Marcio Jose Sanchez / The Associated Press

A discarded computer keyboard lies on the dry, cracked bed of the Almaden Reservoir in San Jose, Calif. on Friday, Feb. 7, 2014 during the state’s worst drought in recorded history.

AT&T California president tells 34,000 employees to cut back on water usage

Published: Friday, Feb. 14, 2014 - 12:10 pm
Last Modified: Saturday, Feb. 15, 2014 - 10:44 pm

AT&T is answering Gov. Jerry Brown’s call to conserve water amid ongoing drought conditions in California.

AT&T California President Ken McNeely on Friday directed AT&T’s 34,000 California employees to reduce their company water usage by 30 percent until the drought declaration is lifted.

McNeeley outlined specific measures to reach that goal. He asked employees to stop washing AT&T’s California fleet of more than 15,000 vehicles, reduce facility landscape irrigation by half, turn off decorative water features or fountains at corporate buildings, use brooms to clean job sites and generally remain vigilant in identifying water waste.

“Conserving enough water to maintain our farms and communities is critical to California’s economy,” McNeely said. “AT&T has been an integral part of the Golden State for more than a century. We’ve been partners through good times and bad, and we want to do our part to reduce non-essential water consumption.”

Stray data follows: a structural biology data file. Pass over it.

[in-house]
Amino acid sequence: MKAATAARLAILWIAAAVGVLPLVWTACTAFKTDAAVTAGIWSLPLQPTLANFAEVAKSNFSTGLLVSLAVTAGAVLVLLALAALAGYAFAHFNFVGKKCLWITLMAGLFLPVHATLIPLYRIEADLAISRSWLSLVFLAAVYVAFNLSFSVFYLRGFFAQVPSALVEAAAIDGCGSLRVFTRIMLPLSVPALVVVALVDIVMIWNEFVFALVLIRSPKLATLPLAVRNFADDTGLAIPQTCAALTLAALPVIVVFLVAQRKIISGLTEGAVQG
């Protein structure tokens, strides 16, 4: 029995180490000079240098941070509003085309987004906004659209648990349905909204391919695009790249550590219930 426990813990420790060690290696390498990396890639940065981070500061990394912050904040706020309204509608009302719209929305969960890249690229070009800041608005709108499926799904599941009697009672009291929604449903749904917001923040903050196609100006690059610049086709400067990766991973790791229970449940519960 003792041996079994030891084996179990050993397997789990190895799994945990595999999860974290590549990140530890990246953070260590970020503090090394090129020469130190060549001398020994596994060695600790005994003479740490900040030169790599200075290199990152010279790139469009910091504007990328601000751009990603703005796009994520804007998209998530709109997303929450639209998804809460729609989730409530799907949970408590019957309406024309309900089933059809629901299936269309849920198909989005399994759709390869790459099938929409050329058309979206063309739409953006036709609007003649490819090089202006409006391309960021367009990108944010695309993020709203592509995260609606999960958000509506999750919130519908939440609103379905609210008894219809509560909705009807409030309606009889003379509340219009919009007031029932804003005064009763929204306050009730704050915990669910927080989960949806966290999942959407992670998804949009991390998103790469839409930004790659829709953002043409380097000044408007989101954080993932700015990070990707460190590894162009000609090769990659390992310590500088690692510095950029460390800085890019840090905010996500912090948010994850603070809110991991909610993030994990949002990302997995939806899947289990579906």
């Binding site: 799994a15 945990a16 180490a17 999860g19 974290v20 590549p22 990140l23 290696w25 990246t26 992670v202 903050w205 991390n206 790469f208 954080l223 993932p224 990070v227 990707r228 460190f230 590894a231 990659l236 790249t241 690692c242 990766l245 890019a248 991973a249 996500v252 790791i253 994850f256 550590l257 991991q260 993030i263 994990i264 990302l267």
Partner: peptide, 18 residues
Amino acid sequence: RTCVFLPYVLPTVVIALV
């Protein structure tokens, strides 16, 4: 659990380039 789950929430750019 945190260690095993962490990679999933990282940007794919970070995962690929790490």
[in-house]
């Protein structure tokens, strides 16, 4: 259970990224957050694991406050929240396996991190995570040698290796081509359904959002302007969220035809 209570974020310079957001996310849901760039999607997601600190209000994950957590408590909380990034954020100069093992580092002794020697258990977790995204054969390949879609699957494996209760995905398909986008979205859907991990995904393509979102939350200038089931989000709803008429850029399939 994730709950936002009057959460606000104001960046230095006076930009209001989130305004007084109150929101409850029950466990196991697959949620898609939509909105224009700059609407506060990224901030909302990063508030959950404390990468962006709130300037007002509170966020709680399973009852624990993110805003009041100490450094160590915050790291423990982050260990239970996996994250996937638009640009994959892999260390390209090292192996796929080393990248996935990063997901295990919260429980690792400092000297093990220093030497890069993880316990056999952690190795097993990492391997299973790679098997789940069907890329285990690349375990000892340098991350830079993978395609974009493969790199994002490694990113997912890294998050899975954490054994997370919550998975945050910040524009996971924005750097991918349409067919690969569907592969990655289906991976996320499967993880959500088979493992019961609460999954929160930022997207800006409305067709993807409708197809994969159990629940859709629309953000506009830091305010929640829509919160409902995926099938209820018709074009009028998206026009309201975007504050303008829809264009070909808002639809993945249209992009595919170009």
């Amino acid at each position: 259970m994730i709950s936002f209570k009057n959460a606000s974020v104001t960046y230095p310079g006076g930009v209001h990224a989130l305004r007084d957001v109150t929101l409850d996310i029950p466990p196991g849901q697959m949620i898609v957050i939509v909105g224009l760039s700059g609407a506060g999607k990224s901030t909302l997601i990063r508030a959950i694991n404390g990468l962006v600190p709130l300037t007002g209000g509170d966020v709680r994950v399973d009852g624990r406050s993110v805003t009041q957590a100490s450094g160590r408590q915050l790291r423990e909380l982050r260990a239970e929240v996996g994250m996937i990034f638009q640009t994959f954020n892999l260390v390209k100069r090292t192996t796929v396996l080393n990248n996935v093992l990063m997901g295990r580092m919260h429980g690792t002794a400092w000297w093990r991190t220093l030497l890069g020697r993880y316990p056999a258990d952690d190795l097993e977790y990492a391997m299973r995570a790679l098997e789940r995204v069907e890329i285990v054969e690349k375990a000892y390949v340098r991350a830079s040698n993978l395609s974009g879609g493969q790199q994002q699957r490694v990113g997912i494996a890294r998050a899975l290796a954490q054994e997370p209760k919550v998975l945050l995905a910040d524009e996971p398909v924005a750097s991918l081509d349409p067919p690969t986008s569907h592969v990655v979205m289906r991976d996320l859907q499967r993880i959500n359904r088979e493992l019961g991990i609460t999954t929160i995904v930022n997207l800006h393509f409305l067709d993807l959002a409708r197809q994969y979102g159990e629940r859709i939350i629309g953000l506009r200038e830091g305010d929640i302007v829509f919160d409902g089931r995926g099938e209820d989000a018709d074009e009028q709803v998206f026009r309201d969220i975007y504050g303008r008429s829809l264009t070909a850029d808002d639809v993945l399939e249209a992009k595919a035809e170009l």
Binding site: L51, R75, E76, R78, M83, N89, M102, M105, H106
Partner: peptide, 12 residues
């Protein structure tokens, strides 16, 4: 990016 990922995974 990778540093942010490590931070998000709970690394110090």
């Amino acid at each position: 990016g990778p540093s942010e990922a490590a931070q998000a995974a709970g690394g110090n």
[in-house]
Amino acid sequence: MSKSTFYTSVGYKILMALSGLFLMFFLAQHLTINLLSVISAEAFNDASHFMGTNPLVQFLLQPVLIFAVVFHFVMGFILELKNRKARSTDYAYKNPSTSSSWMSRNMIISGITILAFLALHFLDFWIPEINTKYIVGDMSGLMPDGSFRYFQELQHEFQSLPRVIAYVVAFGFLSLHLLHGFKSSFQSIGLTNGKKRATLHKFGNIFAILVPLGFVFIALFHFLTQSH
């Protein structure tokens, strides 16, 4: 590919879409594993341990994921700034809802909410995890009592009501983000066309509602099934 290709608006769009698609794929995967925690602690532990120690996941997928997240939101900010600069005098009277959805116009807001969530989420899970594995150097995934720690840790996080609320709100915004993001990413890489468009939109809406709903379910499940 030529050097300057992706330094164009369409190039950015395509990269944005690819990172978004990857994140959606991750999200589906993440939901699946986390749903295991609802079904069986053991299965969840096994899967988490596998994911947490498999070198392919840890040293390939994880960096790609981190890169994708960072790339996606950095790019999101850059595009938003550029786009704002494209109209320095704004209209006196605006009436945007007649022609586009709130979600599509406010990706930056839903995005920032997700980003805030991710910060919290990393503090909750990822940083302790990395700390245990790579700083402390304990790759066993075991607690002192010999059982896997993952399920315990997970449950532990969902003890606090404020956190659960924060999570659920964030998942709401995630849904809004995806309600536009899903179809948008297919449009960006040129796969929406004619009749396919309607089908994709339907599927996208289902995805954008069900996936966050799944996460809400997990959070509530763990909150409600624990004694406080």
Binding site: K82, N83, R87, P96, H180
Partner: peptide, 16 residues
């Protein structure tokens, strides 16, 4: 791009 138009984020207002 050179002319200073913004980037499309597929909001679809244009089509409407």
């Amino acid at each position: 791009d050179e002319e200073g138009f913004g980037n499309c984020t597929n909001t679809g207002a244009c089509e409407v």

The company said employes will “immediately” start implementing water-conserving measures. AT&T conceded that the measures “may have an impact on the aesthetics of AT&T vehicles and facilities, but will not impact network operations or our dedication to customers.”

Last month, Brown declared an emergency and urged Golden State residents to cut their water use by 20 percent. He also told state agencies to reduce water use by 20 percent, that coming on top of his 2012 order that state agencies cut water consumption by 10 percent by 2015 and 20 percent by 2020.

Brown’s actions prompted a series of departmental water-conserving measures, similar to those announced Friday by AT&T. State measures have included cutting back on irrigation on some lands, delaying or canceling landscaping projects overseen by the Department of Transportation; the Department of Forestry and Fire Protection cutting back on washing its fire engines; and state Parks and Recreation turning off outdoor showers at the Lake Perris State Recreation Area near Riverside and diverting water from the leaky Neptune Pool at Hearst Castle to landscaping needs.

Call The Bee’s Mark Glover, (916) 321-1184.

Read more articles by Mark Glover

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